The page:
Panasonic and Hisense reveal exciting TV tech at CES 2022

LG, Samsung and Sony shout loudest, but smaller TV brands still have plenty to show off at CES

Share on FacebookShare on TwitterShare by email Panasonic showed off its top-end OLED TV ranges at CES, while Hisense revealed a searingly bright Mini LED TV. The 77-inch LZ2000 is the first time Panasonic has gone bigger than 65 inches with one of its TVs in recent years (don’t worry, there are smaller models, too). It also introduced some changes that should make a big difference to audio and the way you hear TVs. Hisense is focusing heavily on brightness and trying to push every last candela of light from its 2022 ranges. Keep reading for more details on Panasonic and Hisense’s CES reveals.

Panasonic’s top-of-the-range OLED for 2022 is packed with tantalising selling points. Tweaked display, more speakers and better software for gamers: Panasonic has ticked a lot of boxes.

It’s also bigger than ever before. Generally, Panasonic TVs stop at 65 inches. But the LZ2000 will have a 77-inch option for anyone with plenty of money and plenty of space.

Tuned in Hollywood

‘Tuned in Hollywood’ is Panasonic’s shorthand for a number of features and complicated TV terms designed to make the picture look true to how a filmmaker intended it.

Hollywood colourist Stefan Sonnenfeld works in post-production on films to help the picture sing. Panasonic employs him to work his magic on the LZ2000 and help the colours feel natural and vibrant.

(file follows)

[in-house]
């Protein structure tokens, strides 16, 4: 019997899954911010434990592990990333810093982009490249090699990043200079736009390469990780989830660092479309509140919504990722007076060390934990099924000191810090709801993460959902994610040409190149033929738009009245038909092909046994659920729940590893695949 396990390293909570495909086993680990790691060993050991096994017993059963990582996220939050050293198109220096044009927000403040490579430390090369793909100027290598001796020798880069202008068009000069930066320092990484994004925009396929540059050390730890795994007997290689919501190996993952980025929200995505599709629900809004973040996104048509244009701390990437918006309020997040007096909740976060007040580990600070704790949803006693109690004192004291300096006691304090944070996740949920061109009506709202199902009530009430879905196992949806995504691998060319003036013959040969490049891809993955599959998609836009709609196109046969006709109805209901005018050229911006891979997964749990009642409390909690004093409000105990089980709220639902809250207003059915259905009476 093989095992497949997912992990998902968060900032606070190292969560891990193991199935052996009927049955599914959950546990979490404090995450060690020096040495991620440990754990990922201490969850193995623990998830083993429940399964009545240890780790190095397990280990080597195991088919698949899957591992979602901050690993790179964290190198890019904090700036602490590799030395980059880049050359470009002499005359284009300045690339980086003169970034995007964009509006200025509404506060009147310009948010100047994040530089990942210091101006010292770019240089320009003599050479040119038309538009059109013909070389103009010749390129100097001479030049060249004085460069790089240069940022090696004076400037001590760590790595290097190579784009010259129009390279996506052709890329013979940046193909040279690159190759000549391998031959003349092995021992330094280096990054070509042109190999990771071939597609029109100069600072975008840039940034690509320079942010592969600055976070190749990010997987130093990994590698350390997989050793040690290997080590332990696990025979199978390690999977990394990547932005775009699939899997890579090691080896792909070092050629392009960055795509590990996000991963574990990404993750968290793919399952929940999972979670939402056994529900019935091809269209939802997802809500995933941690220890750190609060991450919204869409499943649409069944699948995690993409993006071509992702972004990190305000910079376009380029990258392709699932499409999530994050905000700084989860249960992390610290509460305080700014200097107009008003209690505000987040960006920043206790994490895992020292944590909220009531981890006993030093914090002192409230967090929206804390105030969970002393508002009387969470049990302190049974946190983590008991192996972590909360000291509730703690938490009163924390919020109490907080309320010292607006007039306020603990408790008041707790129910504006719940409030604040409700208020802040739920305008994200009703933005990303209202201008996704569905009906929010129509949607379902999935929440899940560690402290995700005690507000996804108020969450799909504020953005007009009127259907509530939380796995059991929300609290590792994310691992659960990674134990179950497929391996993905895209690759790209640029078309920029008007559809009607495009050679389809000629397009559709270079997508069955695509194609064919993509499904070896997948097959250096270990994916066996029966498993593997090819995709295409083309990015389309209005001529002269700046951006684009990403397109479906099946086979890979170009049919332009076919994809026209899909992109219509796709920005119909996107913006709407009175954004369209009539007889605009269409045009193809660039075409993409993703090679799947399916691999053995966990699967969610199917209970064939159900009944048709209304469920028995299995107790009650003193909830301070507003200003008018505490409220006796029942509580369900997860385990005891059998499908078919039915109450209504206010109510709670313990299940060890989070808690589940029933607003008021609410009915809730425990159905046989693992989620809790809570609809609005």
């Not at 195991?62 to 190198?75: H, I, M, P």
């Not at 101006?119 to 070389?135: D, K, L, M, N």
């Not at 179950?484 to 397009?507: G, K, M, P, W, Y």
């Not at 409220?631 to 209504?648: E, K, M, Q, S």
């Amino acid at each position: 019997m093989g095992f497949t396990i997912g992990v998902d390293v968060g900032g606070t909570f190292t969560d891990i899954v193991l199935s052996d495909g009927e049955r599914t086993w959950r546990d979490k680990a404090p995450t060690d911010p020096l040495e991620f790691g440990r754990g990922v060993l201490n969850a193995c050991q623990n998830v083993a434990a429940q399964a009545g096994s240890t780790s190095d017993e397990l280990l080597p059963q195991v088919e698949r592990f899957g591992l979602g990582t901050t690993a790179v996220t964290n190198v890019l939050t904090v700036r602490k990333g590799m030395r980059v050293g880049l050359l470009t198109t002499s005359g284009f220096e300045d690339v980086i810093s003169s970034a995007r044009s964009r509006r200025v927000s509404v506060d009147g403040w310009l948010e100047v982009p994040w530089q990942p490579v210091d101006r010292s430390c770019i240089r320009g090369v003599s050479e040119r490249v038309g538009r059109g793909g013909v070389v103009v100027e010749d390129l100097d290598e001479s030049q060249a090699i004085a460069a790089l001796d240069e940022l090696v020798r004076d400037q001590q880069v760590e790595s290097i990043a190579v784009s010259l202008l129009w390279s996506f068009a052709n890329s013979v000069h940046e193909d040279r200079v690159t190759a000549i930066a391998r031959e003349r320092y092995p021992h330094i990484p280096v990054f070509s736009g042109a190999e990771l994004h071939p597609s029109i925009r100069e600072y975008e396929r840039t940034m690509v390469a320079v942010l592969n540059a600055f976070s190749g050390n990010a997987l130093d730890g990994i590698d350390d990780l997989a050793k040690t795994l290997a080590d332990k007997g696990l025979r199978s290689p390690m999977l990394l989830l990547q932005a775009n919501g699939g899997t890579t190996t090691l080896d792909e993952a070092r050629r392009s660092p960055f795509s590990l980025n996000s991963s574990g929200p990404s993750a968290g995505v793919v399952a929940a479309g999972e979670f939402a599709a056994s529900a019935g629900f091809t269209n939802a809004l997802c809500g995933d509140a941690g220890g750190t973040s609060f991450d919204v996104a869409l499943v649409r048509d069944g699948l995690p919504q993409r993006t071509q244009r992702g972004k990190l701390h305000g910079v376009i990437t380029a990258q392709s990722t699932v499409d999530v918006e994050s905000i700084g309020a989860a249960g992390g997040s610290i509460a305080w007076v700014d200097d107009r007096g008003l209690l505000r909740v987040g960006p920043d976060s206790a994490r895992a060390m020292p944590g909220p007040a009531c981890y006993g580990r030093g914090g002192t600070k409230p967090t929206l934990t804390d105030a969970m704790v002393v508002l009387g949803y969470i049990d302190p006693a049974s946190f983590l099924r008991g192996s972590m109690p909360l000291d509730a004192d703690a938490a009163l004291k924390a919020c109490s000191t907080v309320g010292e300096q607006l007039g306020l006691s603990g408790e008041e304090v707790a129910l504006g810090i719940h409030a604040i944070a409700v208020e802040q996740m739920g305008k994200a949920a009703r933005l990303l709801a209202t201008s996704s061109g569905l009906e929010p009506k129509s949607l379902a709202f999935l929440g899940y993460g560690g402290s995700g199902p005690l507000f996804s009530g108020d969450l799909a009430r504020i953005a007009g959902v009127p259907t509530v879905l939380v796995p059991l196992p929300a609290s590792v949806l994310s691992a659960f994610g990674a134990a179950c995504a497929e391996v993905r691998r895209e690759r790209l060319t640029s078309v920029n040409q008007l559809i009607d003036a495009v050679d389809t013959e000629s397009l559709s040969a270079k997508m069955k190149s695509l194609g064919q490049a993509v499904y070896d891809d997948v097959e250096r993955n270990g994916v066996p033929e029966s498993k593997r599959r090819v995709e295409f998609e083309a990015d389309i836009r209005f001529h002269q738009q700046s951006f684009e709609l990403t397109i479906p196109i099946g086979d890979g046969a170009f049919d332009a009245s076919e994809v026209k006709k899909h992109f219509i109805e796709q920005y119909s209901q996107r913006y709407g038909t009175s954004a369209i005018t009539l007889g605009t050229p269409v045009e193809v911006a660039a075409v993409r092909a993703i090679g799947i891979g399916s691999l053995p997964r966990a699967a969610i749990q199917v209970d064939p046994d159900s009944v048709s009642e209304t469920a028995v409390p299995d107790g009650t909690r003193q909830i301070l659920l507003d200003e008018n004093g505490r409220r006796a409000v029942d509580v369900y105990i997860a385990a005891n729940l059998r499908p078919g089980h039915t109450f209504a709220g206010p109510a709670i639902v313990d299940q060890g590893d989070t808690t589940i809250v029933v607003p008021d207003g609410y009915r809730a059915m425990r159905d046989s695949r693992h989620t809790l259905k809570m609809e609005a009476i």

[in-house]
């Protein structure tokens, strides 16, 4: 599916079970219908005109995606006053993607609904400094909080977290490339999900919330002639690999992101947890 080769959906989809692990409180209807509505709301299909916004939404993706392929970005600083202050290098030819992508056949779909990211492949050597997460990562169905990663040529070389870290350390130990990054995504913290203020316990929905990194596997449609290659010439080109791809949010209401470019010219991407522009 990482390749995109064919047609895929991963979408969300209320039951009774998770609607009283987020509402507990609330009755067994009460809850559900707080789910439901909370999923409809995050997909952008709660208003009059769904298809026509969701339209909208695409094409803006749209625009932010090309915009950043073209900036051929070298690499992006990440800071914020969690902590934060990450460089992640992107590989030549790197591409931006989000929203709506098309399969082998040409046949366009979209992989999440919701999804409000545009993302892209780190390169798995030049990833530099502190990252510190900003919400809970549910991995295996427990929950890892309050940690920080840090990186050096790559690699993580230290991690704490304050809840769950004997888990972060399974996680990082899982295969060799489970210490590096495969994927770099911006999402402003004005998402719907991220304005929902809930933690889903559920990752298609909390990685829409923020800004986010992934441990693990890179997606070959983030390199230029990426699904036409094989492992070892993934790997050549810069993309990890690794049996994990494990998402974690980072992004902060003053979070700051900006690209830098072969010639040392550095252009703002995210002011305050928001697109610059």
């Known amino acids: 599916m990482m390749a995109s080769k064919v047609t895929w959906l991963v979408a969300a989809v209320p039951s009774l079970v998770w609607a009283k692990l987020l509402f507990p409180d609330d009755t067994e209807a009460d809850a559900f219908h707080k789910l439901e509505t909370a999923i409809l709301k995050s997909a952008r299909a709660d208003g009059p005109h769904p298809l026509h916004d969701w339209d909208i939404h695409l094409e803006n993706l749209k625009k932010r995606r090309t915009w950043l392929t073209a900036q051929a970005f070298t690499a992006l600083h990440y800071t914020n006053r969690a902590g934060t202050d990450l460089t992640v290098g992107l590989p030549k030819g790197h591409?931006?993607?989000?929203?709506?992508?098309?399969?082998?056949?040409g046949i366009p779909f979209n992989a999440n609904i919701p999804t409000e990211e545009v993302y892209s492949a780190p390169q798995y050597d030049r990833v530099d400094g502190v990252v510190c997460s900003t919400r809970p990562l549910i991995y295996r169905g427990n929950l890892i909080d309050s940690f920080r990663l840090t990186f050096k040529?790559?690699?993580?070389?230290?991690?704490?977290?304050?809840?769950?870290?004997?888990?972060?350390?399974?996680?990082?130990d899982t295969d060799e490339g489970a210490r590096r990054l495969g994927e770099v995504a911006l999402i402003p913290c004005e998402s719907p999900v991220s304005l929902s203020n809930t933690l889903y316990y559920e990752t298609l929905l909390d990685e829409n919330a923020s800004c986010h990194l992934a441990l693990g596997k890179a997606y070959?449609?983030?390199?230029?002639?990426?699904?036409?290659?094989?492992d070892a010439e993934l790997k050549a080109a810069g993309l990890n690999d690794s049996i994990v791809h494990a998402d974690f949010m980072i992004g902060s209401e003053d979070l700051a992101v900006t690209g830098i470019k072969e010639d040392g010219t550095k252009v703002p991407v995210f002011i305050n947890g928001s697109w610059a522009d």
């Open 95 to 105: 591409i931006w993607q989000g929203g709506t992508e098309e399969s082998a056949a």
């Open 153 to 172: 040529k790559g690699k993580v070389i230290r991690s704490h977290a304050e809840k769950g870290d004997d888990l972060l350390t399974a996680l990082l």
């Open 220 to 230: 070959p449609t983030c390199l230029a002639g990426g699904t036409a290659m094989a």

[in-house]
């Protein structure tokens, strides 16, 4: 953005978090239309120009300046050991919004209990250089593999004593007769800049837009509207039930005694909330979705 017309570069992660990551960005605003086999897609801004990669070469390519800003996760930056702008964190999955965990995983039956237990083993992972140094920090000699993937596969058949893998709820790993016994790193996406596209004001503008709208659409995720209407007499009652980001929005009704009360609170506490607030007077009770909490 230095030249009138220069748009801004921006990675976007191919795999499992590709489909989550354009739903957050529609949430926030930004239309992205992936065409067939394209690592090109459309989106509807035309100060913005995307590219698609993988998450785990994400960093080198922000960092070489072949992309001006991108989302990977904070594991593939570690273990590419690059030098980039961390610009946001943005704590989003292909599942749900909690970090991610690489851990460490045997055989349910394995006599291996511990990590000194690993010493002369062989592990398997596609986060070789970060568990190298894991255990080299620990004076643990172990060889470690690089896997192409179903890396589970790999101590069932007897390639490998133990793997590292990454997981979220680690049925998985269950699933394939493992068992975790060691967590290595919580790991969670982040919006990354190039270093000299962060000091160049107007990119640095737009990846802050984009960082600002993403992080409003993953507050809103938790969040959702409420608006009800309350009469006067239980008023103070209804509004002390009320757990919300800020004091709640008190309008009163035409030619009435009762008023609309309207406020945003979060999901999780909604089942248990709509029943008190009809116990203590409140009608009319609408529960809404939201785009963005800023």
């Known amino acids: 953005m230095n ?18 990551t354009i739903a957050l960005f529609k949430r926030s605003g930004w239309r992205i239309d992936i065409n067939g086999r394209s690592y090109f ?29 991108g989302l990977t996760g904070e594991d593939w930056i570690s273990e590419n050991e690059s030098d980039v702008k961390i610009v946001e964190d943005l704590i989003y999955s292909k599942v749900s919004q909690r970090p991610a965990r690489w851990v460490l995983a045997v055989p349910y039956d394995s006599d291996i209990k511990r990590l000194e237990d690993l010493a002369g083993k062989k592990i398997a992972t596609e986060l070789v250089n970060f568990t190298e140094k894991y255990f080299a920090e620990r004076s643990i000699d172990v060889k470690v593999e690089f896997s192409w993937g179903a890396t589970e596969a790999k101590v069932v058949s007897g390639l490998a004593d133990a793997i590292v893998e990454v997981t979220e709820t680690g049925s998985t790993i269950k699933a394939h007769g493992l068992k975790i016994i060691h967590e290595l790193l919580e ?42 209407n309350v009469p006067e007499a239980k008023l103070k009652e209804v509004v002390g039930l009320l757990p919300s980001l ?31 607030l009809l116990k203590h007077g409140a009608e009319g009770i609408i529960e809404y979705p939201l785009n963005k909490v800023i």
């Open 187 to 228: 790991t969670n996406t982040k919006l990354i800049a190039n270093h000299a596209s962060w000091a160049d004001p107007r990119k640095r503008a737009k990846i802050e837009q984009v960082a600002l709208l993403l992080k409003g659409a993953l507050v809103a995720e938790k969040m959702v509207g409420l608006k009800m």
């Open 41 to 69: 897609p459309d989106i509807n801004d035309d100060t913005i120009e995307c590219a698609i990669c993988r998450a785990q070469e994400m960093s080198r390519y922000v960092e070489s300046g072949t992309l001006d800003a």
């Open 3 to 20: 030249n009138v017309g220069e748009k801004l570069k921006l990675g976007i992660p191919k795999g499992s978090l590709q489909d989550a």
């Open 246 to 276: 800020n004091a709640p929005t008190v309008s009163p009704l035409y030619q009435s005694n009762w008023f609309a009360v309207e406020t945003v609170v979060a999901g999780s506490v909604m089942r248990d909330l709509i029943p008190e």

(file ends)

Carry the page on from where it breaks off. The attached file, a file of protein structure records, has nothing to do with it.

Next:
The LZ2000 has a light sensor to measure the brightness of the room and adjust the picture accordingly. This works with the Auto AI mode, which changes the picture settings based on the content you’re watching.

The example Panasonic gives is the different viewing experience you want when watching a film versus a game of football. You don’t necessarily want motion smoothing on a film, but it can be useful to have for sport. Having the TV automatically switch these features on and off would be useful.

Directional sound

TV manufacturers love to say their TVs create a surround sound effect and we’d love to say they are telling the truth. Sadly, we rarely get much sense of directional sound beyond stereo separation, which is audio splitting to come from the left and right of the screen.

The LZ2000 has a better chance of pulling of a surround sound effect than most, though. It has speakers dotted all over the place to send sound in different directions.

Some point upwards to create that overhead sound that works well with Dolby Atmos sound processing. There’s also front-firing speakers (which aren’t as common as you might think as most TV speakers point down) and some pointing to the side, to hopefully wrap the audio around you.

A great way of solving the simulated surround sound issue is not to simulate it at all and Panasonic has done just about everything it can beyond putting speakers behind you.